Globalization and fast-paced technological development changed – and still changes – the way in which opportunities are explored and exploited. It currently is easier than ever before for startups to scale globally and to challenge incumbents. Nascent entrepreneurs also face quite some challenges. Think of regulatory barriers and access to financial resources. In the context of this course, you will go through the first few phases that a typical startup process of a new venture entails.|
On successful completion of this course, you will be able to:
- Understand and interpret scientific work about the first few phases of a startup process, and translate this knowledge into evidence-based actions
- Identify and select entrepreneurial ideas that may be solutions to real-life problems of individuals and/or organizations
- Examine and validate the market potential of an entrepreneurial idea by means of experimentation
- Think critically about the steps to be taken and justify any decision made during an entrepreneurial journey
- Defend an entrepreneurial idea during a pitch in front of a group of potential investors
Globalization and fast-paced technological development changed – and still changes – the way in which opportunities are explored and exploited. It currently is easier than ever before for startups to scale globally and to challenge incumbent organizations that used to dominate industries over the past decades. At the same time, nascent entrepreneurs face quite some challenges. Think of regulatory barriers and a lack of access to financial resources.|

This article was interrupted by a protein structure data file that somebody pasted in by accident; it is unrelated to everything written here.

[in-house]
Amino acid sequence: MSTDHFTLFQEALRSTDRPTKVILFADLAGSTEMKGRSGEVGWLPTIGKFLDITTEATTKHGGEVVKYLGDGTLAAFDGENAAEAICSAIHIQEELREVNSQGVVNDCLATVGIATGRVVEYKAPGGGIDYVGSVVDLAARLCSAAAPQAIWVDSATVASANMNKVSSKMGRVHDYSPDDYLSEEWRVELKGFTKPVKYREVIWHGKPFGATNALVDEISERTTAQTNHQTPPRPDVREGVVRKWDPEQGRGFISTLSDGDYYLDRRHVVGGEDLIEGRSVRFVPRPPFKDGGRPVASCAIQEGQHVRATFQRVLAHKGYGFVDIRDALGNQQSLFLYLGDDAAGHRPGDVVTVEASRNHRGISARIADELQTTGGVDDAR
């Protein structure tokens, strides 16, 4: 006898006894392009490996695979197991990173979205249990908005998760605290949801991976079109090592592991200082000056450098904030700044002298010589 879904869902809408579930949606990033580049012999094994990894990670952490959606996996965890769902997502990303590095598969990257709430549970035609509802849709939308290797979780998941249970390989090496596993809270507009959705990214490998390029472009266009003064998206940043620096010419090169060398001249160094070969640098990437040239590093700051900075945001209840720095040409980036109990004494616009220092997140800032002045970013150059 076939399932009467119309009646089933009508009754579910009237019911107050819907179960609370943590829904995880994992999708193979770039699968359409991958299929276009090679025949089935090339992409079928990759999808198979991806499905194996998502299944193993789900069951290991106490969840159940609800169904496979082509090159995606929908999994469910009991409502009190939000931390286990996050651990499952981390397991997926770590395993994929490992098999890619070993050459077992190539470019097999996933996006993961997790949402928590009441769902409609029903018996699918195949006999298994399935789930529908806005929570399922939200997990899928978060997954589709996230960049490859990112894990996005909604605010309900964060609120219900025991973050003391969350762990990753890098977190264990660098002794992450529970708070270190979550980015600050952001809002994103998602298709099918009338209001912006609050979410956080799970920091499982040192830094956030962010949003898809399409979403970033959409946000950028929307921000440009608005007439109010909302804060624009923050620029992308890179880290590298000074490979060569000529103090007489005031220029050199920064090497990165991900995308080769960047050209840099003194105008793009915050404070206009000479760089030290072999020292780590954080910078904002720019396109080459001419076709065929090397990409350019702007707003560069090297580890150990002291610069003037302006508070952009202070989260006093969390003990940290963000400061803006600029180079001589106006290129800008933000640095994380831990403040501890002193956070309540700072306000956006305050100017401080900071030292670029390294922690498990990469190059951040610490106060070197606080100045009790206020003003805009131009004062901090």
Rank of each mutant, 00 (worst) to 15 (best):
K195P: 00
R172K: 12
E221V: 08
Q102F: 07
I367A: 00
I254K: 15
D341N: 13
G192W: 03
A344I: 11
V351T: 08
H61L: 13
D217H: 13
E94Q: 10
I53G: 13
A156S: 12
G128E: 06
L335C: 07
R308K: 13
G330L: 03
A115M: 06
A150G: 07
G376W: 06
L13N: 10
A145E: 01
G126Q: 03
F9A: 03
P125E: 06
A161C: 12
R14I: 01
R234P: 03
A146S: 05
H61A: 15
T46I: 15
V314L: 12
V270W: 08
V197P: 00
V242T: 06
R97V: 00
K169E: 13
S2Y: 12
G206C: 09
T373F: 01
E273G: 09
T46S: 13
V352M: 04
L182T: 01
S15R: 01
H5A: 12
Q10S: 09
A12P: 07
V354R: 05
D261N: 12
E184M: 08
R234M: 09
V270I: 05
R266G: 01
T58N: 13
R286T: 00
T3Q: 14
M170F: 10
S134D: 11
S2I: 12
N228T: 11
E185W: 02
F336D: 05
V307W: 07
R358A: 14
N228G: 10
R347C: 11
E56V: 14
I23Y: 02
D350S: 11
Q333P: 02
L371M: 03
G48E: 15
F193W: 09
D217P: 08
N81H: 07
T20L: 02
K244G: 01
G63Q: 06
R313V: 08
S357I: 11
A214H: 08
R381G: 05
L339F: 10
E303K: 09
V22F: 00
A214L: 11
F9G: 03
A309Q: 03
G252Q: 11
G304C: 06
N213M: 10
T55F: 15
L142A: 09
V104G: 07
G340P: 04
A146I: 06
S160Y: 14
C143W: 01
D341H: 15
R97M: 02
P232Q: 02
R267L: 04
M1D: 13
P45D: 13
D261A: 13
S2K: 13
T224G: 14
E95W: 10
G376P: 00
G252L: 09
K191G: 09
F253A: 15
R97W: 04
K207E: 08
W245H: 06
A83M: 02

In the context of this course, you will go through the first few phases that a typical startup process of a new venture entails. The setup of the course is therefore split up into three blocks of two weeks each, viz. (1) team formation, (2) ideation, and (3) validation. First, you are required to form an entrepreneurial team that is most likely to perform well. Second, you will generate your own ideas to real-life problems that potential customers face, after which you select the most promising one. Third, you will develop your product or service until it reaches the status of Minimum Viable Product (MVP), and experiment whether it has market potential. During a final entrepreneurial pitch, you will have to convince a group of investors about the (future) value of your budding business.
On your way, you are encouraged to make use of state-of-the-art scientific knowledge. Part of it is dealt with during the weekly lectures. A team portfolio not only contains a detailed description of your entrepreneurial journey, but also includes an extensive explanation of how you arrived at certain conclusions and why you have taken certain steps. The final exam tests your level of knowledge about the required reading material. The course also aims to develop important professional skills to a greater or lesser extent. Most emphasis is placed on reflecting, teamwork, and presentation skills.